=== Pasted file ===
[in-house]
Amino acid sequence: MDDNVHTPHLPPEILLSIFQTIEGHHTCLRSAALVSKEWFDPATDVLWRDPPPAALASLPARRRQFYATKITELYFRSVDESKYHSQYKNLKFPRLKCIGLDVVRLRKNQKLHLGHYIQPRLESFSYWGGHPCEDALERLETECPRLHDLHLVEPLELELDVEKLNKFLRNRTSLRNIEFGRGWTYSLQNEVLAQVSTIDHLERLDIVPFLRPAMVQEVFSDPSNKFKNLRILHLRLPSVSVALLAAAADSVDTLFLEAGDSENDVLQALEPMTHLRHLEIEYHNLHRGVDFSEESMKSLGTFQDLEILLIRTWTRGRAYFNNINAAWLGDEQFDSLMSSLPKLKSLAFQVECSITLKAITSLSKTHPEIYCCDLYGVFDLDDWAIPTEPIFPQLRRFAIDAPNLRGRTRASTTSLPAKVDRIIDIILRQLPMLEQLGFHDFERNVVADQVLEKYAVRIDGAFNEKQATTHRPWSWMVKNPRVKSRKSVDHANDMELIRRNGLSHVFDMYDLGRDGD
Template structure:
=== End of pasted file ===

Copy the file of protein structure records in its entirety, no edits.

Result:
[in-house]
Amino acid sequence: MDDNVHTPHLPPEILLSIFQTIEGHHTCLRSAALVSKEWFDPATDVLWRDPPPAALASLPARRRQFYATKITELYFRSVDESKYHSQYKNLKFPRLKCIGLDVVRLRKNQKLHLGHYIQPRLESFSYWGGHPCEDALERLETECPRLHDLHLVEPLELELDVEKLNKFLRNRTSLRNIEFGRGWTYSLQNEVLAQVSTIDHLERLDIVPFLRPAMVQEVFSDPSNKFKNLRILHLRLPSVSVALLAAAADSVDTLFLEAGDSENDVLQALEPMTHLRHLEIEYHNLHRGVDFSEESMKSLGTFQDLEILLIRTWTRGRAYFNNINAAWLGDEQFDSLMSSLPKLKSLAFQVECSITLKAITSLSKTHPEIYCCDLYGVFDLDDWAIPTEPIFPQLRRFAIDAPNLRGRTRASTTSLPAKVDRIIDIILRQLPMLEQLGFHDFERNVVADQVLEKYAVRIDGAFNEKQATTHRPWSWMVKNPRVKSRKSVDHANDMELIRRNGLSHVFDMYDLGRDGD
Template structure: